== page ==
Invisible Illness and Isolation

Invisible suffering..Invisible illness…Invisible pain…Chronic illness….Mental suffering…Domestic abuse…Mental abuse..Narcissistic Victim Abuse Syndrome…PTSD…Chronic Pain…

These are all real illnesses and disorders, that other people cannot see. It can be hard for other people to understand what it is like for you. The lack of people supporting  you…or even believing you …causes re-traumatization.

There is the initial trauma of the illness, pain, or abuse and then there is a whole new kind of painful suffering caused by what happens next.

People do not see your suffering and so..

…some people do not believe you at all..

…they do not believe that it is that bad..

…they think you can just “shake it off”…

…they do not believe that you cannot do the things that they can easily do.

…they think you are lazy…

…they think you are a big baby…

..they  think you should have gotten better by now..

…they forget that you “still have” that invisible illness…

…they get tired of hearing the same things…

..they lose patience with you..

…you do not want to tell people..

…you lose friends…

..You self isolate…

Yes, that is often what ends up happening. Self isolating can be a relief from dealing with interactions with people. Over time the isolation can cause worse depression. 

The only people who really understand are people who have been through it or are going through it. 

The isolating process can begin with other people giving up on you, getting tired of you, or not wanting to listen to you anymore. You lose one ot two friends and family members. The you are afraid to lose the rest of them. 

You do not actively go out and seek new people because you fear the pain of rejection from them. “Why should you put yourself through this again”….is what your brain is saying.

The isolating can begin with ourselves, because it is too much effort or too painful to interact with other people, especially if they do not believe or understand what we are going through.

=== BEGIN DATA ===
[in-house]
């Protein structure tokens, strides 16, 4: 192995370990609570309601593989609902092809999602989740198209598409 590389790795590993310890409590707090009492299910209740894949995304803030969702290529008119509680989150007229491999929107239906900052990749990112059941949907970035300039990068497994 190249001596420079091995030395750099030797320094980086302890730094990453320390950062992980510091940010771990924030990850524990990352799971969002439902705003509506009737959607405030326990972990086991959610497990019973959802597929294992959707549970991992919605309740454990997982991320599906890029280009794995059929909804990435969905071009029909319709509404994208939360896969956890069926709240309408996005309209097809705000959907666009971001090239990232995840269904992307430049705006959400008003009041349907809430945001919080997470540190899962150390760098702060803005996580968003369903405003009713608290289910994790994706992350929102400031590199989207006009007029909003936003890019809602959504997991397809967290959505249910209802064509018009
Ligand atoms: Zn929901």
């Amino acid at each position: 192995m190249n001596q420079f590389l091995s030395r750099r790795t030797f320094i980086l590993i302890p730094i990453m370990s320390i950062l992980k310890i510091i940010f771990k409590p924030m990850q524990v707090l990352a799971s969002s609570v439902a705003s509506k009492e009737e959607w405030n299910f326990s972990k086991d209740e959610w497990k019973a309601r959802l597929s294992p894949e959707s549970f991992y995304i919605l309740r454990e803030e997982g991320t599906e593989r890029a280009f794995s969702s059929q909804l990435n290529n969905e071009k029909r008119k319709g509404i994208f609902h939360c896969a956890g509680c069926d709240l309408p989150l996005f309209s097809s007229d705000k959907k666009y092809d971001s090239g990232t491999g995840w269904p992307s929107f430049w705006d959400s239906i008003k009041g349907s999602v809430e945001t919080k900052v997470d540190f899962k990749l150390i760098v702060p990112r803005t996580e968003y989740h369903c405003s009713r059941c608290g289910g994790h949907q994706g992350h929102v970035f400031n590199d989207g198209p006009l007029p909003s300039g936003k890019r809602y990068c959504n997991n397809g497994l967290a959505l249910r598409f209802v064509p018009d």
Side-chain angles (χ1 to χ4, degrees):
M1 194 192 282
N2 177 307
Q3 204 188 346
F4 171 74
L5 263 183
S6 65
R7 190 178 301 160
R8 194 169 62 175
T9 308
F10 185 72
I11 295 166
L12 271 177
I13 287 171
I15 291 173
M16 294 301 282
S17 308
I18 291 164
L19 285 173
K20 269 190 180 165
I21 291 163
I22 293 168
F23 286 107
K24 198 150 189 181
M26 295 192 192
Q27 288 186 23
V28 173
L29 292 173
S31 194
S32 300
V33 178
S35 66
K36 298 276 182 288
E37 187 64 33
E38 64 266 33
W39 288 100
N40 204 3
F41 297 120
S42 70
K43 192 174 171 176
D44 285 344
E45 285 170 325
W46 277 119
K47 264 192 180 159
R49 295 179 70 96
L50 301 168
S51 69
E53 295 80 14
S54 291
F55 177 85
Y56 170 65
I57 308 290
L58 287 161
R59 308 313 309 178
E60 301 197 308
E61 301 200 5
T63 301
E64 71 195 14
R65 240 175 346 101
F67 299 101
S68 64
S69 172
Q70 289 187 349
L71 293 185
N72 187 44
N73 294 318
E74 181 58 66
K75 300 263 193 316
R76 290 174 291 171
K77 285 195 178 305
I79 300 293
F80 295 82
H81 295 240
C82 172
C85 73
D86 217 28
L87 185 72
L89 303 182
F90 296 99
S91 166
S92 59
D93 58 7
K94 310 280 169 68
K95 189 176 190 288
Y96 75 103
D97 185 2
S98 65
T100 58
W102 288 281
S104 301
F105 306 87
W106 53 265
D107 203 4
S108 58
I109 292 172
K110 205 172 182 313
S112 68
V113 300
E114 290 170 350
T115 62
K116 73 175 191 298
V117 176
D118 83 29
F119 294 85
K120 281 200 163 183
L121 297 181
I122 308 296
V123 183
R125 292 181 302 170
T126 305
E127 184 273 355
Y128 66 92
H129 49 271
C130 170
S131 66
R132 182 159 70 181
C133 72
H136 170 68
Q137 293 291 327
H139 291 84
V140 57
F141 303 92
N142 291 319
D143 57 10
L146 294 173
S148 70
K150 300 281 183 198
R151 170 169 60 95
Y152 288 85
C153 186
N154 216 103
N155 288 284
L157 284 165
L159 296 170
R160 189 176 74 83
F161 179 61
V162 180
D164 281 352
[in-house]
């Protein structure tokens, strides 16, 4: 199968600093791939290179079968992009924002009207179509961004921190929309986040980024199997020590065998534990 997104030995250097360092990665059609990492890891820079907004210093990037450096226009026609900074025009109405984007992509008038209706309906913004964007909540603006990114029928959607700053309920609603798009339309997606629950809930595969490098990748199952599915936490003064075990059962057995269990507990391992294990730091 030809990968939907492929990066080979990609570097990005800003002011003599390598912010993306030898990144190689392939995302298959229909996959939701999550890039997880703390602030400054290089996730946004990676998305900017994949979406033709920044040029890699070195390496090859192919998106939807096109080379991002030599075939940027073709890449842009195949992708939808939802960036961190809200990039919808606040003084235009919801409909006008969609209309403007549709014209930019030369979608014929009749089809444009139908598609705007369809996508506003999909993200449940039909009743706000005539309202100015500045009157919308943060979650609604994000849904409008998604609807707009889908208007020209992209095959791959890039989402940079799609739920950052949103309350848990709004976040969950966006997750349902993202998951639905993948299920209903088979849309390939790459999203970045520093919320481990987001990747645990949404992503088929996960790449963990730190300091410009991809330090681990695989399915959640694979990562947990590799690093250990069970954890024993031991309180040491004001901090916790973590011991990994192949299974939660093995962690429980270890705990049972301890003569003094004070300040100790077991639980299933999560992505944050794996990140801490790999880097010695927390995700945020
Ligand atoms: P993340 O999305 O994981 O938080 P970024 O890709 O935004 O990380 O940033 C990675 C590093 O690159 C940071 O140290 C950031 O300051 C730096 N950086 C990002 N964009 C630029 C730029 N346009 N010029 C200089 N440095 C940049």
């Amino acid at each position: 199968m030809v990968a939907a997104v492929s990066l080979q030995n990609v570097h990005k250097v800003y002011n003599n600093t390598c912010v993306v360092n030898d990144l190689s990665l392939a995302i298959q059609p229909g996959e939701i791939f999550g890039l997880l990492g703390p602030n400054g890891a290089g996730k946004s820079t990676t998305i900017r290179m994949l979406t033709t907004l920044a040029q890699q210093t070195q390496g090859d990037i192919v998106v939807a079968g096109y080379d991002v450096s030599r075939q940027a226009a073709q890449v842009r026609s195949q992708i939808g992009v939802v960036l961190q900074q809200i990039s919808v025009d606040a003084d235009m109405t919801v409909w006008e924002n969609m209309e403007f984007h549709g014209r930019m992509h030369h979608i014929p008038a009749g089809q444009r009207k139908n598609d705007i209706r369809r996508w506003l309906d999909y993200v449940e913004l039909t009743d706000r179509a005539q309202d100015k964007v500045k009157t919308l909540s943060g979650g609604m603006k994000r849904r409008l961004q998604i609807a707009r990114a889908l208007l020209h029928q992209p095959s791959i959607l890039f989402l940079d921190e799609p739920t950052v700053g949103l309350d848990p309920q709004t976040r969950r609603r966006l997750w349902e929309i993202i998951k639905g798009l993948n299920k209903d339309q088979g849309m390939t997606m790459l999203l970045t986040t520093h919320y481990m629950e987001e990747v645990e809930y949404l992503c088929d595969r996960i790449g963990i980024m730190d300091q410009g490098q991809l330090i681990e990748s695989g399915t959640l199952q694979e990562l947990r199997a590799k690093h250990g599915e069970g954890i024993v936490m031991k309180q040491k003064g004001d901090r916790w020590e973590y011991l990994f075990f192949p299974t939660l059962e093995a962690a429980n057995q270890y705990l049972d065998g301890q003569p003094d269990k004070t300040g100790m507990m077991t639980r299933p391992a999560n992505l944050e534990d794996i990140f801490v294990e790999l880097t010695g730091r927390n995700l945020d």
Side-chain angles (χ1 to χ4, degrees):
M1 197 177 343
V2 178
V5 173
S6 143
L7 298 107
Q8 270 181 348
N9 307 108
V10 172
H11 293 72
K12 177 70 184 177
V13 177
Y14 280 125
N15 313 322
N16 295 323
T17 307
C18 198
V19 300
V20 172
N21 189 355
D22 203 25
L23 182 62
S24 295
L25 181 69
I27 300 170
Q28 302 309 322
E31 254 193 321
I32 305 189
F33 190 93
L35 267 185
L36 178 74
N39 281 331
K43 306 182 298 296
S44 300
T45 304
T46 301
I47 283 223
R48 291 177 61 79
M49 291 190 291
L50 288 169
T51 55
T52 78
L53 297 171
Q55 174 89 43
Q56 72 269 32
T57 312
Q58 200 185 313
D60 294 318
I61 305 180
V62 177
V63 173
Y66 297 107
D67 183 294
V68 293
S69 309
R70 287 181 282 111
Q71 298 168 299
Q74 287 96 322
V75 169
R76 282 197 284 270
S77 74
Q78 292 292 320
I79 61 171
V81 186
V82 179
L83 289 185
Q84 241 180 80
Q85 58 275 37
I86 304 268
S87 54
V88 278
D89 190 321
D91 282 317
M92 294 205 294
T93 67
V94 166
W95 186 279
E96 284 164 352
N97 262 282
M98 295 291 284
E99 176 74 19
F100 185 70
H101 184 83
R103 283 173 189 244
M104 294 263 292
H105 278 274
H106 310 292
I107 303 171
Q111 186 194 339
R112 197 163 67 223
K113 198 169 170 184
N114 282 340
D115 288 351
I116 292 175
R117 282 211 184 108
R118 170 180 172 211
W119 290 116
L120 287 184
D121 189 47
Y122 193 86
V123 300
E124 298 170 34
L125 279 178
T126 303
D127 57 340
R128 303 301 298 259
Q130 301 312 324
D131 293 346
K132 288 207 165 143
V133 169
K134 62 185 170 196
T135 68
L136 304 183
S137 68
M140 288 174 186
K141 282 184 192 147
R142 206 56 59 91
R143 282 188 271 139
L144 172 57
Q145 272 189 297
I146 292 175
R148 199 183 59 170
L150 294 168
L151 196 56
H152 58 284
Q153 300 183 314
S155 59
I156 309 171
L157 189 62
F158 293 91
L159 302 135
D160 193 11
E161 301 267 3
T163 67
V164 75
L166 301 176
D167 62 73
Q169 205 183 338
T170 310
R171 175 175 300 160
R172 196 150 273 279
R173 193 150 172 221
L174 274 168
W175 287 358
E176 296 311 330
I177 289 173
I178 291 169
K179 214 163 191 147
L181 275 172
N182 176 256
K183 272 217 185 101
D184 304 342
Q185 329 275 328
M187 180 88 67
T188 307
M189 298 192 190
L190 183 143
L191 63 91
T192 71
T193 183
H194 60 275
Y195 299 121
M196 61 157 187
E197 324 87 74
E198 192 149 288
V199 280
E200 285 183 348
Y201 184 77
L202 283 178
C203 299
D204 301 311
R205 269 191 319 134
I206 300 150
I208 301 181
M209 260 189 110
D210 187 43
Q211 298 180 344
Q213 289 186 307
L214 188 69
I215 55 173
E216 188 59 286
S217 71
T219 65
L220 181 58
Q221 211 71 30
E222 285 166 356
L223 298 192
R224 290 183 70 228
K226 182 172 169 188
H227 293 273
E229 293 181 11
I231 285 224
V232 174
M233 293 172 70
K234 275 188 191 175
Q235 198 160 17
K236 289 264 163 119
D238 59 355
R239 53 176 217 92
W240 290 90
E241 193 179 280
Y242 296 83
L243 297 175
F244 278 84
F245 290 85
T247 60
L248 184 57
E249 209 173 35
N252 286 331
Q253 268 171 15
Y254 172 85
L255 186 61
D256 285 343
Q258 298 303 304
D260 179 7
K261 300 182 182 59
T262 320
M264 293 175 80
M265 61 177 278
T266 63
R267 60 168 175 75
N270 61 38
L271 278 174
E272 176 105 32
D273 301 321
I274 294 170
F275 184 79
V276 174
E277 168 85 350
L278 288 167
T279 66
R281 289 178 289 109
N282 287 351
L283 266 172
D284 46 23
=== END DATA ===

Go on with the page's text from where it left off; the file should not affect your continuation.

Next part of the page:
The retraumatization can be severe. When people just simply do not believe you or think you are exaggerating, that is one of the worst things you can go through.

Then, of course,  there are people who are predators, and they prey on the weak ones, who are desperate for understanding and companionship. If you have been set up and abused, because of your invisible condition, then it is very difficult to trust people again…or to trust your own judgement of who is safe and who is not.

We can also be retraumatized by bad therapists, counselors and insensitive doctors and nurses. I have heard horror stories of what people have gone through at treatment facilities, rehab facilities and emergency rooms. I have also experienced insensitive therapists and healthcare workers.

So where does this leave us? In pain…suffering…in need of human compassion…and isolated…

Some people physically isolate themselves in their homes. Other people build walls up around themselves and self isolate by disconnecting from other humans emotionally.

We can be around people all day long, yet be completely alone.

Some people cannot leave their house or apartment.

Other people just leave the house to go to work, and do necessary errands, and then self isolate themselves in their house, the rest of the time. This would be me…

When you have reached your limit of being traumatized and re-traumatized, then your mammalian instinct of self protection is going to kick in. Your brain wants to protect itself from any more trauma and abuse.

Sometimes the world appears to be a dark and dangerous place.   Interact with people is just a risk of being injured, when you are suffering from an invisible enemy.

No one can see your enemy and therefore it feels like you are fighting alone.